U.S. Air Force Staff Sgt. Jesse Ball, 20th Logistics Readiness Squadron fuels lab technician, carefully pours a fuel sample into a container for testing at Shaw Air Force Base, S.C., June 26, 2012. Quality assurance is necessary to verify that any fuel that goes into aircraft will yield maximum results and performance. (U.S. Air Force photo by Airman 1st Class Daniel Blackwell/Released)
U.S. Air Force Staff Sgt. Jesse Ball, 20th Logistics Readiness Squadron fuels lab technician, observes a fuel sample, checking the fuel’s levels and additives at Shaw Air Force Base, S.C., June 26, 2012. Quality assurance is necessary to verify that any fuel that goes into aircraft will yield maximum results and performance. (U.S. Air Force photo by Airman 1st Class Daniel Blackwell/Released)
Civilian contractors transport and unload fuel supplies at Shaw Air Force Base, S.C., June 26, 2012. The ability to transport and receive fuel is essential for mission success. (U.S. Air Force photo by Airman 1st Class Daniel Blackwell/Released)
Thousands of gallons of fuel can be unloaded in minutes, supplying deep fuel reserves at Shaw Air Force Base, S.C., June 26, 2012. The ability to transport and receive fuel is essential for mission success. (U.S. Air Force photo by Airman 1st Class Daniel Blackwell/Released)
Airmen from the 20th Aircraft Maintenance Squadron and 20th Logistics Readiness Squadron supply fuel to F-16 at Shaw Air Force Base, S.C., June 26, 2012. Ensuring jets are maintained, fueled and ready to fly bolsters mission success. (U.S. Air Force photo by Senior Airman Kenny Holston/Released)
by Airman 1st Class Daniel Blackwell
20th Fighter Wing Public Affairs
6/26/2012 - SHAW AIR FORCE BASE, S.C. -- The 20th Fighter Wing recently became one of the first Air Force flying units to switch from military-grade JP-8 fuel to commercial jet fuel known as Jet-A, saving money without sacrificing the quality or performance of the aircraft.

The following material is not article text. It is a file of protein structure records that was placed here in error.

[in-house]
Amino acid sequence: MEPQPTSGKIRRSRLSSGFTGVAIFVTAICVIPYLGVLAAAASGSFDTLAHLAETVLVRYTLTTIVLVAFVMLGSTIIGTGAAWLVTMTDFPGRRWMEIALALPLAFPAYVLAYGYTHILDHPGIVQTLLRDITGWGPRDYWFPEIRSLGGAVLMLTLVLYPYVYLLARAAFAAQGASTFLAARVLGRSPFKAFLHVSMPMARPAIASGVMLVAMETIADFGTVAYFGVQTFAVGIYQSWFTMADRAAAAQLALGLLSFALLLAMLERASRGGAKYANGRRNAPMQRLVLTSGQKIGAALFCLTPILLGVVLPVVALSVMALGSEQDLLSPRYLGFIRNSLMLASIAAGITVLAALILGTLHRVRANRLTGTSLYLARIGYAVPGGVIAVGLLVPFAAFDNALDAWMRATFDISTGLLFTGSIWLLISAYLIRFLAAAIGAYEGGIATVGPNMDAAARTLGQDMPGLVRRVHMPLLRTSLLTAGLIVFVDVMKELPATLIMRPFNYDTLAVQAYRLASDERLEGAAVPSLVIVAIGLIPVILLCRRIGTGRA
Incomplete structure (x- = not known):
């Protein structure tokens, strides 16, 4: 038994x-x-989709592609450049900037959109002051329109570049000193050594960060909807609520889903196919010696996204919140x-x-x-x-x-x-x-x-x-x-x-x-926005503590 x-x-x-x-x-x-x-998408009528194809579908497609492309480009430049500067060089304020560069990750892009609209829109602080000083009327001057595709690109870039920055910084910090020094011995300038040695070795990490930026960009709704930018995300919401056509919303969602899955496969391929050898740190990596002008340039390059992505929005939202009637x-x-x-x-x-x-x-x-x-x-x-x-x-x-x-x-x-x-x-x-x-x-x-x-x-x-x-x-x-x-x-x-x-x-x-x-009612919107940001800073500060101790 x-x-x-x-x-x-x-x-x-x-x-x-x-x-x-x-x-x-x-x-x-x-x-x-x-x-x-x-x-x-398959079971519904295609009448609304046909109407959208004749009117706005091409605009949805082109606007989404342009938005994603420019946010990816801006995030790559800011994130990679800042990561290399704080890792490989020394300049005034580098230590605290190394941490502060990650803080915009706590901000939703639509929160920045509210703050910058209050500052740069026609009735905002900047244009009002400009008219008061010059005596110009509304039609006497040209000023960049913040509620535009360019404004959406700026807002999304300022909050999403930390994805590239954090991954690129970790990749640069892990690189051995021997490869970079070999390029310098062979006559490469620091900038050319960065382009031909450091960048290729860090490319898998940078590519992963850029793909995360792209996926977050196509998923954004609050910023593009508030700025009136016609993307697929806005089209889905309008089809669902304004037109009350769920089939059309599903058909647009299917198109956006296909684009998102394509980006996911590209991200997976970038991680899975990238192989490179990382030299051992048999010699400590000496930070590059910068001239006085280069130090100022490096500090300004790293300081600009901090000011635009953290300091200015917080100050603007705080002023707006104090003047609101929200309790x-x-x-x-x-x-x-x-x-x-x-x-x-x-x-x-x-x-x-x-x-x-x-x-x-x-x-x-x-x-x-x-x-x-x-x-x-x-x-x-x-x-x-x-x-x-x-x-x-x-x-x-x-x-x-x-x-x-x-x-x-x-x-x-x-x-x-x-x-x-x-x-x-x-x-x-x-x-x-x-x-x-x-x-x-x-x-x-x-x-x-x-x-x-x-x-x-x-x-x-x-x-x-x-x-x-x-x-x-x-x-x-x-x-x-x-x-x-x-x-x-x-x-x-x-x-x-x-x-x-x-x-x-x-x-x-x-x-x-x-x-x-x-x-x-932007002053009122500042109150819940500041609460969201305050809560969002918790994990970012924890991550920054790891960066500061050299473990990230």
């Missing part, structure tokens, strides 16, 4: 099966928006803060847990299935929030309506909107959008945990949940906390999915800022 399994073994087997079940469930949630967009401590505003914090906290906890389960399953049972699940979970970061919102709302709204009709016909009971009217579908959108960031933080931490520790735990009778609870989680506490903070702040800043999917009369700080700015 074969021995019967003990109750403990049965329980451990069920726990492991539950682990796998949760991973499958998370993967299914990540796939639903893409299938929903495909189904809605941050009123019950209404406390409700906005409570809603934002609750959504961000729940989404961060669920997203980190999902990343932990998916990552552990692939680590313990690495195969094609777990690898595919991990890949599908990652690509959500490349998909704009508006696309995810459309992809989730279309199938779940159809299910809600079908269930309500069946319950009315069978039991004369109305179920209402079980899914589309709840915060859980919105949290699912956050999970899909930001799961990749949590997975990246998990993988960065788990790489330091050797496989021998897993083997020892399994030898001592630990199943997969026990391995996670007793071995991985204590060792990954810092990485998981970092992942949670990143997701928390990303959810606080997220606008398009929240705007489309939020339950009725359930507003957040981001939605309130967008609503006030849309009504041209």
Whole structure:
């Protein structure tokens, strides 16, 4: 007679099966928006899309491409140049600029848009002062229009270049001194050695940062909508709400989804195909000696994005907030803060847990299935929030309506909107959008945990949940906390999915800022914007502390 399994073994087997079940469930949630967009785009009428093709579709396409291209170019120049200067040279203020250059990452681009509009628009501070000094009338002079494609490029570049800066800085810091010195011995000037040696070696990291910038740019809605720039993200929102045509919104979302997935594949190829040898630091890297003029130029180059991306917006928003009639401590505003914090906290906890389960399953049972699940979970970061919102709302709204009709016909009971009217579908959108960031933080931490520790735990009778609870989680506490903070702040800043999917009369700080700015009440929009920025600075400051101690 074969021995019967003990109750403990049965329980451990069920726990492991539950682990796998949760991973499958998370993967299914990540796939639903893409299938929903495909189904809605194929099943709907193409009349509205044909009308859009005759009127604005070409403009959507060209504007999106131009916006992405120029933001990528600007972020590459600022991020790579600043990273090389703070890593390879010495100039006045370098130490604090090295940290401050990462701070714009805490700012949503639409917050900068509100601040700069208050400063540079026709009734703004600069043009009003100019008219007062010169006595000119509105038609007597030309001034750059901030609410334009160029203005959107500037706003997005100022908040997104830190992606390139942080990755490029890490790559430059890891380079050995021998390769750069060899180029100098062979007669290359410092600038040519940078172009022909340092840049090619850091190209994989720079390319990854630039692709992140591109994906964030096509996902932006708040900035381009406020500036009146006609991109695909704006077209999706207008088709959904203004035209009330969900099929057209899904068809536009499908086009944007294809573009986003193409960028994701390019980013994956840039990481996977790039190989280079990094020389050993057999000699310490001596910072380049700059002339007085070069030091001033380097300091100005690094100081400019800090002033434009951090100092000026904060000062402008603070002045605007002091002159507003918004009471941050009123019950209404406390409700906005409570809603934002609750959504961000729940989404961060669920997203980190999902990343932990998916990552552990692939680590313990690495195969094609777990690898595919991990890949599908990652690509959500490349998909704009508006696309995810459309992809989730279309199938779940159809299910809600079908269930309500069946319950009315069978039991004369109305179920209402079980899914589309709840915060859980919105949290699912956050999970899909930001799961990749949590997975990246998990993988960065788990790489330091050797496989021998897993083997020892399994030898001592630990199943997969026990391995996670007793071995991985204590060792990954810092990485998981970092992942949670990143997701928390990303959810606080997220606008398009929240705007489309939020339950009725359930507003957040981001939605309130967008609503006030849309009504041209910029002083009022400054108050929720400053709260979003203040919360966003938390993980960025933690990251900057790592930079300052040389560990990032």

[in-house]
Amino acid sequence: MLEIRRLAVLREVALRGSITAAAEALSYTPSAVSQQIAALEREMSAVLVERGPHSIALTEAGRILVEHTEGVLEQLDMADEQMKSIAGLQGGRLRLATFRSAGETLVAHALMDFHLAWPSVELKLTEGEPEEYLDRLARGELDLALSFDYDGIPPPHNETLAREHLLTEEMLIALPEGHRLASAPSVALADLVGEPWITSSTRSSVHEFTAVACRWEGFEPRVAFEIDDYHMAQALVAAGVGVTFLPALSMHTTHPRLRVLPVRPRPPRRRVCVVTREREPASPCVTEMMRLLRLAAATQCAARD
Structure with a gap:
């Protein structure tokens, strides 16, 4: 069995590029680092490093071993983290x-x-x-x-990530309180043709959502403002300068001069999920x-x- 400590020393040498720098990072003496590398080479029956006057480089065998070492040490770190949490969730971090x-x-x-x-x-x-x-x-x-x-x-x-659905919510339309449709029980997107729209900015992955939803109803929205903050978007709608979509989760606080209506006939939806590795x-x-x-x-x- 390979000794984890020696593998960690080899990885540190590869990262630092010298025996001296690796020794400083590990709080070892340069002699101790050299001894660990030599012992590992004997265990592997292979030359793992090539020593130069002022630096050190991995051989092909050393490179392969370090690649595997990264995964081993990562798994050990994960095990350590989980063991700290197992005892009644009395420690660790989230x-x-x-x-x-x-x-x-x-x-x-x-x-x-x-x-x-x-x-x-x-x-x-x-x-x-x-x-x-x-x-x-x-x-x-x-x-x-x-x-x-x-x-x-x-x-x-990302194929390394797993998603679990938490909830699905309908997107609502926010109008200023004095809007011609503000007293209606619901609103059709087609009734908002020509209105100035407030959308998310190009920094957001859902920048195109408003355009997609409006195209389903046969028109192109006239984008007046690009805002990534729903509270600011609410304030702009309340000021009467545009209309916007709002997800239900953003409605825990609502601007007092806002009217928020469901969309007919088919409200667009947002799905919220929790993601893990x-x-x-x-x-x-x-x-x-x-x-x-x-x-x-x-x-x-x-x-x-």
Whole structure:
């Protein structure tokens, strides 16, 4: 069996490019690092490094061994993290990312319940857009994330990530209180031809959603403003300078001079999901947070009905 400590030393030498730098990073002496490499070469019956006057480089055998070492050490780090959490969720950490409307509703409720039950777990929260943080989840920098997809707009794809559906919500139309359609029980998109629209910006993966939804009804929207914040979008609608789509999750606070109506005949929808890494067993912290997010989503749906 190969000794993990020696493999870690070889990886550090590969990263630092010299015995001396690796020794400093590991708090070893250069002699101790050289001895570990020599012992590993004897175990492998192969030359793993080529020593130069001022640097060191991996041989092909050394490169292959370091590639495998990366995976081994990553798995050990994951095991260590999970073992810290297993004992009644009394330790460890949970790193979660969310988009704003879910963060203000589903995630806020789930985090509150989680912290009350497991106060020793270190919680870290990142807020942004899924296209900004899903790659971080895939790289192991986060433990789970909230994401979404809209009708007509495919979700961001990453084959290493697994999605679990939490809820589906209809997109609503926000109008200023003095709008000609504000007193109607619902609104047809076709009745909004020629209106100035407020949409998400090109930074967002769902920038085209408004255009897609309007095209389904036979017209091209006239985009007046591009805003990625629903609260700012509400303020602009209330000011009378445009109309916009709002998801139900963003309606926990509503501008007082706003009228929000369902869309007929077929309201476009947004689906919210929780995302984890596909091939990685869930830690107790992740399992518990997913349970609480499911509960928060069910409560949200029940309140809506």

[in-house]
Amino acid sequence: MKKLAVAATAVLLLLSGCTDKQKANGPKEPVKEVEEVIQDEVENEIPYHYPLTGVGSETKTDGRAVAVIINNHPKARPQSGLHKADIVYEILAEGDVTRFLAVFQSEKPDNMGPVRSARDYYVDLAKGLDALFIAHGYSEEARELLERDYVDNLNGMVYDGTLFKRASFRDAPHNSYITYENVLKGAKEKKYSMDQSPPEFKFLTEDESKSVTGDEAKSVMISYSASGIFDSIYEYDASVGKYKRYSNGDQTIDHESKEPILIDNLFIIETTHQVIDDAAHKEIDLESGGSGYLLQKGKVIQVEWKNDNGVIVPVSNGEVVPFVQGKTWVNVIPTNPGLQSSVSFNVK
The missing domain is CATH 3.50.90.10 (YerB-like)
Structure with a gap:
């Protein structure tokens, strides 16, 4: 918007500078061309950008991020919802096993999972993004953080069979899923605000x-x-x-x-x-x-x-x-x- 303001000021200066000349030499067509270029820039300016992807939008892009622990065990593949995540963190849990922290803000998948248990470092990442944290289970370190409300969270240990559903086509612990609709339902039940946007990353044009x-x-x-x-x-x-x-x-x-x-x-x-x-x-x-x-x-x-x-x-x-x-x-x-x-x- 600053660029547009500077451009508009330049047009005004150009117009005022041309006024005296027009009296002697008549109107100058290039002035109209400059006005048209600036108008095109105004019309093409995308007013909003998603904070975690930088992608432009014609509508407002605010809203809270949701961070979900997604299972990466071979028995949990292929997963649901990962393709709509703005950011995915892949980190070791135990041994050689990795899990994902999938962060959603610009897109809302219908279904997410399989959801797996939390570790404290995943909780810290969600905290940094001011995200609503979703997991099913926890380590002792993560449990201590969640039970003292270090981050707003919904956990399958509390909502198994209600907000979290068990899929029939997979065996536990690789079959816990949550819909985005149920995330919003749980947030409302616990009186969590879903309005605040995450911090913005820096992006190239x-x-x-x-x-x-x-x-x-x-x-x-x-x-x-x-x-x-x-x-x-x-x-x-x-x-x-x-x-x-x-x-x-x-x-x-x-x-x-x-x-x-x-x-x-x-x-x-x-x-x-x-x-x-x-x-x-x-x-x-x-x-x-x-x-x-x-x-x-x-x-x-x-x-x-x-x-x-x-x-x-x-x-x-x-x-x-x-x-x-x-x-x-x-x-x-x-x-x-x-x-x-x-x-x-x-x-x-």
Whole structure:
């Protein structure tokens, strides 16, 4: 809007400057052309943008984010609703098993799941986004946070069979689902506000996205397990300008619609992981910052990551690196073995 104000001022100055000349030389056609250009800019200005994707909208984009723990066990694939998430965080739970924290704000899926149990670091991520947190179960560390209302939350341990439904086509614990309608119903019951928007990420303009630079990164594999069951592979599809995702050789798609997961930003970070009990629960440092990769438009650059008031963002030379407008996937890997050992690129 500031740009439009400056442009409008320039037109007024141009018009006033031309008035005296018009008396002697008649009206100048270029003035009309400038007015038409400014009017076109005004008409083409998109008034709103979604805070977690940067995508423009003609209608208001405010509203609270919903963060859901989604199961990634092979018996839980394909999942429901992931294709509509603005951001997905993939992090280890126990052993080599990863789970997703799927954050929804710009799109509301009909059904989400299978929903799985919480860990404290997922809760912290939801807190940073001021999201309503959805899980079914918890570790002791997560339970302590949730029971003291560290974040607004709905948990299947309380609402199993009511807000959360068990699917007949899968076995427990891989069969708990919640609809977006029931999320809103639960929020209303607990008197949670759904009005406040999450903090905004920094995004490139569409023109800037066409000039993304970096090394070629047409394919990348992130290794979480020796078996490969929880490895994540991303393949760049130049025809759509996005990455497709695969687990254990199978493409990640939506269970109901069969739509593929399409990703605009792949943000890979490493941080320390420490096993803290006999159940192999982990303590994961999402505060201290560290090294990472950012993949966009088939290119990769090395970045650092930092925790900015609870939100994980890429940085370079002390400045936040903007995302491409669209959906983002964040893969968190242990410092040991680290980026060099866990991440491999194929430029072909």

Jet-A fuel is two cents cheaper per gallon than JP-8 fuel, and is projected to save the Department of Defense $40 million annually in fuel costs.
The Defense Logistics Agency Energy in conjunction with the Air Force Petroleum Agency began this initiative by performing demonstrations at four Air Force locations (Dover Air Force Base, Del.; Little Rock AFB, Ark.; Joint Base Lewis-McChord, Wash.; and Minneapolis-Saint Paul Joint Air Reserve Station).
These demonstrations, set underway November 2009, were used to show the capability and practical benefits of converting from JP-8 to commercial Jet-A fuel in real-world scenarios.
Typically, Jet-A fuel does not require, but can allow the injection of the three military additives found in JP-8.
"DFSP (Defense Fuel Support Point) Charleston, Hanahan S.C., injects the three additives prior to sending it to us," explained Mark Yarke, Maytag Aircraft Corporation terminal superintendent. "This step ultimately saves us time and money."
Not only does this cut down steps on our end, but since JP-8+100 has gone away, it saves costs on the maintenance and upkeep of the +100 injection system that is no longer in use, Yarke added.
Shaw is one of few bases that have the capability of receiving fuel through multiple avenues. Shaw's rail line remains open and in operation. It is run by the 20th Logistics Readiness Squadron, and is capable of transporting 20,000 gallon-container cars. The base is also capable of receiving fuel container trucks, which can carry approximately 7,800 to 8,500 gallons.
"So if the truck drivers happen to go on strike, we can transport the fuel via rail line; and if the rail line (is) down then we can use trucks to receive fuel, which gives us options," explained Yarke.
Even though all necessary additives are injected prior to transportation to base, the fuel must still be checked for quality control through the fuels laboratory.
"We ensure quality control here in the lab," explained Staff Sgt. Jesse Ball, 20th LRS fuels lab technician. "We make sure that the fuel in fact is what they say it is, and is safe to go in the jets."
Once the fuel has been checked and approved, it's then ready to be used to fuel the jets.
"Having one grade of fuel has reduced mistakes and made our job a lot easier," said Airman 1st Class Dionte Jones, 20th LRS fuels equipment operator.
Prior to the switch, certain aircraft required specific fuel and specific fueling trucks were required to carry the fuel to the corresponding aircraft. With the introduction of Jet-A fuel, which is compatible with all aircraft, it has reduced confusion and simplifies the entire process.
"JP-8 and JP-8+100 were not compatible with all aircraft and fueling trucks," Jones explained. "The Jet-A fuel fixes all that, because every aircraft that comes on base gets Jet-A fuel now. It's very helpful."
Switching to commercial fuel has cut down on costs and operations, and has reduced mistakes. But, more importantly it still allows Shaw to complete its mission in the sky with no negative repercussions.
"We want to make sure our boys in the air have the best fuel," Ball concluded. "Because once they're in the air, there are no brakes."